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U.S. Home Value Appreciation Rate Slows in First Quarter, But Values in Some Local Markets Remain at a Boil Unsustainably High Appreciation Continues in Phoenix, Las Vegas and California, But National Moderation Could Indicate Stabilization, According to First Quarter Zillow Real Estate Market Reports The national housing market showed signs of moderation in the first quarter after months of robust and largely unsustainable annual home value appreciation. The Zillow® Home Value Index (ZHVI)[i] rose to $157,600 as of the end of the first quarter, up 5.1 percent yearover-year and 0.5 percent from the fourth quarter of 2012, according to the first quarter Zillow Real Estate Market Reports[ii]. In March, U.S. home values rose for the 16th consecutive month, though last month represented the second straight month of slowing annual appreciation. Underscoring this slowdown, home value appreciation in the first quarter was 0.5 percent compared to 2.1 percent in the fourth quarter of 2012. Historically, housing markets can expect annual home value appreciation of roughly 3 percent, according to Zillow research. Looking ahead, the Zillow Home Value Forecast[iii] shows national home values increasing by 3.2 percent through March 2014, an annual appreciation rate more in line with historic norms. But in some local markets, home values continue to rise at a breakneck pace. Five metros covered by Zillow experienced year-over-year appreciation of more than 20 percent: Phoenix (up 24 percent), Las Vegas (up 22.3 percent), San Jose (up 22.1 percent), San Francisco (up 21.4 percent) and Sacramento (up 20.1 percent). "The national housing market has rebounded strongly over the past year. But the sometimes dramatic home value run-ups experienced during these months were never expected to be sustainable, and recent slowdowns are indicative of a market that is slowly finding its natural level," said Zillow Chief Economist Dr. Stan Humphries. "Looking forward, we expect annual home value appreciation to continue to slow, as more inventory comes up for sale. But pockets of very rapid appreciation will remain, a troubling sign of volatility and a potential future headache as affordability is compromised and homes begin to look much more expensive to average buyers. This affordability issue may become acute in many markets in a couple years once mortgage rates begin to return again to normal levels." Further underscoring the unevenness of the recovery, seven of the top 30 metro markets covered by Zillow saw a decline in home values in the first quarter. The New York metro saw a decline of 0.3% in home valOn-Site Northwest • May 2013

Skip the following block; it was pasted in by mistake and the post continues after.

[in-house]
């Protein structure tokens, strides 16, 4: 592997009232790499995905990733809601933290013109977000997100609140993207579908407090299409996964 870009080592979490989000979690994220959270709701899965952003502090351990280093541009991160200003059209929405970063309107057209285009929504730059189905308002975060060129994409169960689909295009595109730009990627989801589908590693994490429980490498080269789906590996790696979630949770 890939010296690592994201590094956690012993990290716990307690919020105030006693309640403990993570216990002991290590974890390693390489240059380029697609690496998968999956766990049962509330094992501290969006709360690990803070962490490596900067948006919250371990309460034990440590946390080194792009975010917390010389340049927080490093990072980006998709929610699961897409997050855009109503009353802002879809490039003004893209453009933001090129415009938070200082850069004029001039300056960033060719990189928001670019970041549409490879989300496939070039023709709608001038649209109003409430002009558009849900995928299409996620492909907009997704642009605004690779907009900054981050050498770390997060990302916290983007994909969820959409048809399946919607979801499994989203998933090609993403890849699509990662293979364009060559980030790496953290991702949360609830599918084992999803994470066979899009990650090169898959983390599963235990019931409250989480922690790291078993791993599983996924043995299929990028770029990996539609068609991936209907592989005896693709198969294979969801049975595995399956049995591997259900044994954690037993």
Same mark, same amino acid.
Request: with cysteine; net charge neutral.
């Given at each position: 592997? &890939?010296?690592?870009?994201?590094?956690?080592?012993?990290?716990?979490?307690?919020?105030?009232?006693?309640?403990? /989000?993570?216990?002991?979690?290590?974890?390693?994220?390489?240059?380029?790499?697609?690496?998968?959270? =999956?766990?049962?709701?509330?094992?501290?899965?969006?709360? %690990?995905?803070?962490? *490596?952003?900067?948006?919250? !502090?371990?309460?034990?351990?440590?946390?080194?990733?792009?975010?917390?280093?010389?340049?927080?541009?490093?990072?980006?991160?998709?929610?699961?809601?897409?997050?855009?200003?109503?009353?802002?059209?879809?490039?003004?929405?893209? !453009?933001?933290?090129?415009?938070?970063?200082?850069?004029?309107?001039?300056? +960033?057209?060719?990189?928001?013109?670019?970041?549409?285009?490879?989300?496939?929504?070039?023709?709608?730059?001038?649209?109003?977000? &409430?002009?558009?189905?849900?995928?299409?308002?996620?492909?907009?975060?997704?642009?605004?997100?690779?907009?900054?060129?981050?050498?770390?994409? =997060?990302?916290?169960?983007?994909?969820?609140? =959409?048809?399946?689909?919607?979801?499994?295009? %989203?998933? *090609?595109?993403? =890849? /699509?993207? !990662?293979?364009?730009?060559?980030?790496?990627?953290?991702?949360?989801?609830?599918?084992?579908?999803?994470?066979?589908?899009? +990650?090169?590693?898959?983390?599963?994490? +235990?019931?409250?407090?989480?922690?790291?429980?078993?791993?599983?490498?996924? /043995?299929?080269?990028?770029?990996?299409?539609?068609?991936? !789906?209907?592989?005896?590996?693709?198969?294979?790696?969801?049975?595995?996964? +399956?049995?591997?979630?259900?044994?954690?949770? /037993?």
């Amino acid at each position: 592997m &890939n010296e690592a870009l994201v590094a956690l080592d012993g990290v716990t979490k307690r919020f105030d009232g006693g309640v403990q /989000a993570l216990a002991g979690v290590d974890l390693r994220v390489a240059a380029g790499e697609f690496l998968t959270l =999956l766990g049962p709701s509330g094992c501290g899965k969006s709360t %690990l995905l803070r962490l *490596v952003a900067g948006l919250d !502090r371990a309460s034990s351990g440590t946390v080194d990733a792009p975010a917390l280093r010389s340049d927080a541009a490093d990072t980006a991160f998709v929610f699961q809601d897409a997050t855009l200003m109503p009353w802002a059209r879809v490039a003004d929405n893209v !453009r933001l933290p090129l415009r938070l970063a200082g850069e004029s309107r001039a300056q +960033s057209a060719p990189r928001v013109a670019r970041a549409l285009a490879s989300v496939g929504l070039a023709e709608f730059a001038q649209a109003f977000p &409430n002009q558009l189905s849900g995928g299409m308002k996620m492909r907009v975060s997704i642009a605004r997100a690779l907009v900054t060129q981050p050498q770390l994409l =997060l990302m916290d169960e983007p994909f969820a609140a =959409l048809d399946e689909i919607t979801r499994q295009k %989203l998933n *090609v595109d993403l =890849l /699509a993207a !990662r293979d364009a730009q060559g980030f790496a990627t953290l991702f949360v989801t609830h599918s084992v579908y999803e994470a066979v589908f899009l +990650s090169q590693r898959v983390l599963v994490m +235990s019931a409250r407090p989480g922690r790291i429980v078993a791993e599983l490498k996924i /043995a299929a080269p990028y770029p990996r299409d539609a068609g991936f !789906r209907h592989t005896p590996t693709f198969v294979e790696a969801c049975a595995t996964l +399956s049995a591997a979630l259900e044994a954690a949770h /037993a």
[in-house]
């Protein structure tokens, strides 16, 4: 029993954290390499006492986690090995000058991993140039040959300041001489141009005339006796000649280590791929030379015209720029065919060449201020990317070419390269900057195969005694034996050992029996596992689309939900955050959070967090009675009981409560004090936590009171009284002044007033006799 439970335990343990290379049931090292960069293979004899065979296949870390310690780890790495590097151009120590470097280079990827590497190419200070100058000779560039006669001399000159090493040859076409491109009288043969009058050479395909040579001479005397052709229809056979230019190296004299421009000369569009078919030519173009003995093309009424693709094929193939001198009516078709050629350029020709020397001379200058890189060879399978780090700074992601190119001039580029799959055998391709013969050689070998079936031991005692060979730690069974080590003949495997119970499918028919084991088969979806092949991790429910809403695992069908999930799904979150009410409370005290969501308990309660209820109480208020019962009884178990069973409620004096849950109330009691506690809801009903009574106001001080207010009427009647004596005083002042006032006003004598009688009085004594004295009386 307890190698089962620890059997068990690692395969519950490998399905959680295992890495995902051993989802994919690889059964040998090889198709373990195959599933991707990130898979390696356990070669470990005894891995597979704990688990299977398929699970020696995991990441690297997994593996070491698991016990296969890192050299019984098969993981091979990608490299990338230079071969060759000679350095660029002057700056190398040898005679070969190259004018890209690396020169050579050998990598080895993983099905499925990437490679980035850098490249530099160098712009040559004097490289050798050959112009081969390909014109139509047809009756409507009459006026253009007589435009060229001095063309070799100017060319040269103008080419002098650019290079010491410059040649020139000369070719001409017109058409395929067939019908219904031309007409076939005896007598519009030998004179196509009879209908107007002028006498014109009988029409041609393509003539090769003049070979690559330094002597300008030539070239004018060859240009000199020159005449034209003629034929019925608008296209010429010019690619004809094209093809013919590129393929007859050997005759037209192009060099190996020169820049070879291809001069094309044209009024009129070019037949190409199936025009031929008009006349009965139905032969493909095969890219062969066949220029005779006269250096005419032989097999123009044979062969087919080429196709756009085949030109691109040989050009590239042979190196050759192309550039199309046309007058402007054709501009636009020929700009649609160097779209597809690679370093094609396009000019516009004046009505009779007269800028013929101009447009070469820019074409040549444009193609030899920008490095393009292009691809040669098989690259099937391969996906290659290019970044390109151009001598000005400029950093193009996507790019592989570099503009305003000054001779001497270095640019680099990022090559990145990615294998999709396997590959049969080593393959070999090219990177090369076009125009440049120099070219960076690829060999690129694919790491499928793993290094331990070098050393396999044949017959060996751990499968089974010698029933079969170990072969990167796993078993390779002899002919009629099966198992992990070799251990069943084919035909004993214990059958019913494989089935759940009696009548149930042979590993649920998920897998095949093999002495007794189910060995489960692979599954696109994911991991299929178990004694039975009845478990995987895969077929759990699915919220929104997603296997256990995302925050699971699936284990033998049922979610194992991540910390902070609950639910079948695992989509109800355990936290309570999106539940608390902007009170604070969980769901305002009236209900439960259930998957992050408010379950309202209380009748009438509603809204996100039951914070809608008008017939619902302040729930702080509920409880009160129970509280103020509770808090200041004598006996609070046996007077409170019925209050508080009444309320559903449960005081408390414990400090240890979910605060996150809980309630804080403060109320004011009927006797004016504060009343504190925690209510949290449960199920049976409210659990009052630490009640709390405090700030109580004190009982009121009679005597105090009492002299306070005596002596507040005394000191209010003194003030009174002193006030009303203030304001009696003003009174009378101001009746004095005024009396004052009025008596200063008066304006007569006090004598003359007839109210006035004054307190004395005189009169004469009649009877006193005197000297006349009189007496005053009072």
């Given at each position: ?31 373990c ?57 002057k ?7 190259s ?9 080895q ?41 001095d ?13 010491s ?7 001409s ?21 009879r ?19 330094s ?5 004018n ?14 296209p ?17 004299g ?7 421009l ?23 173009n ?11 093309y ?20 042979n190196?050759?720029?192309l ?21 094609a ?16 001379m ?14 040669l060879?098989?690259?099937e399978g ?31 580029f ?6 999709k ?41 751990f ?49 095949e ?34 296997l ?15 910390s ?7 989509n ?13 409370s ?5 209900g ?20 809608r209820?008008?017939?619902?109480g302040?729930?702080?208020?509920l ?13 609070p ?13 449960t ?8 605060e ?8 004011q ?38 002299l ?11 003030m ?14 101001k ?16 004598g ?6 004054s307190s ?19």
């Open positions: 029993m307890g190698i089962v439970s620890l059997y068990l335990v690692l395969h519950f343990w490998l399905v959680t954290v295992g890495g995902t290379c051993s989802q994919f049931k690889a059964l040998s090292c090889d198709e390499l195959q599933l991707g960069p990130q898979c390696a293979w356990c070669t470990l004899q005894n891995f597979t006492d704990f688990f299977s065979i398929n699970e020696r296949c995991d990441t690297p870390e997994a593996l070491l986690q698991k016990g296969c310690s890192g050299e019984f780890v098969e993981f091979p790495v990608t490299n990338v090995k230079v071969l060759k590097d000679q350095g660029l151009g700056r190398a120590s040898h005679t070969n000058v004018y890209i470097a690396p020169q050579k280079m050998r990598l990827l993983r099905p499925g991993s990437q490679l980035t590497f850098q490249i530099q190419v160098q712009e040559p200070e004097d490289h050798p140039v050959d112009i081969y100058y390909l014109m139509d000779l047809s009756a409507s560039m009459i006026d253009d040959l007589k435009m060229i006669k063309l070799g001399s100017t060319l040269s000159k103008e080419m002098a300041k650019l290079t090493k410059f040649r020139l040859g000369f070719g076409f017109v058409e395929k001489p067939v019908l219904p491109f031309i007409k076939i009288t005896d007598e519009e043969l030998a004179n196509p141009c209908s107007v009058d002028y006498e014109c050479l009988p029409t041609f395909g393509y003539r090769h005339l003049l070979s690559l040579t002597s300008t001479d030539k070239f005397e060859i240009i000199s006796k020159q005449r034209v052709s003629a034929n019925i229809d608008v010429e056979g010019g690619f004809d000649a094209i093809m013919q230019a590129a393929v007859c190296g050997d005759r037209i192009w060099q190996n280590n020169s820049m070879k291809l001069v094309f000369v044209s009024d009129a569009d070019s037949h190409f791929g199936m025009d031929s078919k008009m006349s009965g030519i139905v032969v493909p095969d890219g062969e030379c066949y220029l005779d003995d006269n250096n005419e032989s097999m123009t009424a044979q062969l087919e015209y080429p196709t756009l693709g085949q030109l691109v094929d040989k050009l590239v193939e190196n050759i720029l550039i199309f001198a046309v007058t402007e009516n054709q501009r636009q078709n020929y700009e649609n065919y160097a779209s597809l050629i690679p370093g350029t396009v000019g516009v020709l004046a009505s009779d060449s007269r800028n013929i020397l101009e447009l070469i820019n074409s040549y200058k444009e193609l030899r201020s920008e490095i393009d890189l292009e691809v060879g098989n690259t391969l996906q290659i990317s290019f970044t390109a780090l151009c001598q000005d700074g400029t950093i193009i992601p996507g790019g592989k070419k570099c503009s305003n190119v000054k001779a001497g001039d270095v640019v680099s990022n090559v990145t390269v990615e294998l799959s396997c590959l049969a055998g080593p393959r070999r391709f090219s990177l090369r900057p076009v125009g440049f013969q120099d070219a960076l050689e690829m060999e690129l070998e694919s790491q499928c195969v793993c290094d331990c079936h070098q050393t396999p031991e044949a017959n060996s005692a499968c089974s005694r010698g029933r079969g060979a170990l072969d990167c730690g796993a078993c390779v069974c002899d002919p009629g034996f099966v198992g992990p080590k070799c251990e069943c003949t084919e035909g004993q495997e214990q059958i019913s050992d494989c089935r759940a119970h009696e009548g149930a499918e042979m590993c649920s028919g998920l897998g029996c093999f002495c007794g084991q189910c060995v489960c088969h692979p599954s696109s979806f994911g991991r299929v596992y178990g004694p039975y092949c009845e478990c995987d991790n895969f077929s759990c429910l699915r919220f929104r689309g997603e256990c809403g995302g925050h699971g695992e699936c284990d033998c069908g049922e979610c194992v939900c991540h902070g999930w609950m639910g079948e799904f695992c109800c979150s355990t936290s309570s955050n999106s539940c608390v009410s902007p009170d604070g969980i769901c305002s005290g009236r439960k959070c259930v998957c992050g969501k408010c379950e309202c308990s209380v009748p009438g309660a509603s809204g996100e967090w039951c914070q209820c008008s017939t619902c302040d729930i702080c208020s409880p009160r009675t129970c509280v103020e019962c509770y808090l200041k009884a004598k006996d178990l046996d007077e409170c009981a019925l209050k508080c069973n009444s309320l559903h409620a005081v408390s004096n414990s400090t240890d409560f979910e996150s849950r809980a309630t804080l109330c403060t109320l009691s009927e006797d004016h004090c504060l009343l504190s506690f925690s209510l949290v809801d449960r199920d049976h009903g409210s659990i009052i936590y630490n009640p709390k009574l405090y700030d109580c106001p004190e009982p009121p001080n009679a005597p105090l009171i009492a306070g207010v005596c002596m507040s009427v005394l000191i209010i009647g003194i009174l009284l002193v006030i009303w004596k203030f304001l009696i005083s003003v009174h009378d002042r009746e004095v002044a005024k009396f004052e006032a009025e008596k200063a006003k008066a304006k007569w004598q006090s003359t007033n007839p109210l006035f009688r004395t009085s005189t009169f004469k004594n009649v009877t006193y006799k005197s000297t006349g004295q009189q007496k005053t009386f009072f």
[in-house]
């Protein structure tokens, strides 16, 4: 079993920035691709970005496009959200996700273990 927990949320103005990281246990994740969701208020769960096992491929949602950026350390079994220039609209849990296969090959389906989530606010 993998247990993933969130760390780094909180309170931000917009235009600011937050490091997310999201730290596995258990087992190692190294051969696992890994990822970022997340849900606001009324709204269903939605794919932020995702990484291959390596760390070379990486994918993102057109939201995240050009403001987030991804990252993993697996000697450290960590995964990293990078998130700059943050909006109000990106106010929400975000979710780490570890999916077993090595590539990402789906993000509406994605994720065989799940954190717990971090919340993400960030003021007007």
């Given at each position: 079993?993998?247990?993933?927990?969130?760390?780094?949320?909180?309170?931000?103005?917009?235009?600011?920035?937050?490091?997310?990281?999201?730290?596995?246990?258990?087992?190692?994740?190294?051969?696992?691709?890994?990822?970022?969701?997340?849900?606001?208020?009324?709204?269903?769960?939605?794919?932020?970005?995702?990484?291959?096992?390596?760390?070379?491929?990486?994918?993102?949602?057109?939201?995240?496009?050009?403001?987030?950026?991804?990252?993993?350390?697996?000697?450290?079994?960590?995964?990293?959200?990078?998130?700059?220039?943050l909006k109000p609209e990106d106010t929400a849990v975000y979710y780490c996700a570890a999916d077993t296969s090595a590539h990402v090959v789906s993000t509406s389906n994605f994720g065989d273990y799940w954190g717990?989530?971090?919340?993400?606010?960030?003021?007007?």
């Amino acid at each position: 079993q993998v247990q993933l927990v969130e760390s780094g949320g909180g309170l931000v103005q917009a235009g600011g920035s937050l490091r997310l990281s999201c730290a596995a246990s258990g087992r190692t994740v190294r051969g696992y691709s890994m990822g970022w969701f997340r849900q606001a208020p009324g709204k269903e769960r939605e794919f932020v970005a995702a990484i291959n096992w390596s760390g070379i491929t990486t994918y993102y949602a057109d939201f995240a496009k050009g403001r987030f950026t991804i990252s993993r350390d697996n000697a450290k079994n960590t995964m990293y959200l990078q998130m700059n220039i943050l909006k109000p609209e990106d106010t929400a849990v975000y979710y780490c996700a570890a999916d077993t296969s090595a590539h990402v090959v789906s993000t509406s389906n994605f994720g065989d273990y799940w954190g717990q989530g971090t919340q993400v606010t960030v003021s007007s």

out of every 10,000 homes were foreclosed upon in the first quarter, down 1.3 homes per 10,000 from the fourth quarter, and down 2.4 homes per 10,000 year-over-year. In the rental market, national rents rose 0.9 percent in the first quarter compared with the fourth quarter, and were up 4.9 percent over the first quarter of 2012. The Zillow Rent Index (ZRI)[iv] stood at $1,290 at the end of March.

ues after three consecutive quarters of positive appreciation, the first quarterly decline in that metro since the first quarter of 2012. Chicago saw the greatest home value depreciation, with values falling 1.4% in the quarter after a flat fourth quarter of 2012. Foreclosure rates rose in the first quarter compared to the fourth quarter, likely because of a seasonal acceleration after the traditionally slow holiday period. A total of 5.11

About Zillow: Zillow, Inc. (NASDAQ: Z) operates the largest home-related marketplaces on mobile and the Web, with a complementary portfolio of brands and products that help people find vital information about homes, and connect with the best local professionals. In addition, Zillow operates an industry-leading economics and analytics bureau led by Zillow's Chief Economist Dr. Stan Humphries. Dr. Humphries and his Continued on page 13

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Not Exactly As Seen On TV

Don’t let TV’s ‘World’s Worst Tenants’ on Spike TV dictate how you manage your properties. Most of us have seen depictions of landlords on TV and in movies as illimitable in their abilities of ridding of delinquent tenants. Landlords who implement the methods that these shows illustrate for entertainment purposes could find themselves in big trouble. It is absolutely against Landlord-Tenant Law to use “force” to evict a tenant. Locking your tenant out or shutting off the utilities to the unit is very illegal. Using “unofficial” notices to terminate the tenancy is also illegal. An example of

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an “unofficial” notice would be a 24-hour notice to vacate for an unauthorized pet or noise disturbances. These poor property management practices are not only illegal, immoral, and dangerous, they are also wrecking havoc on the efforts that good landlords have made in combating a negative image. Landlords can continue making efforts towards combating the ill effects that a reality show “eviction specialist” creates by developing effective habits not only in the manner in which we communicate with our tenants, but also by handling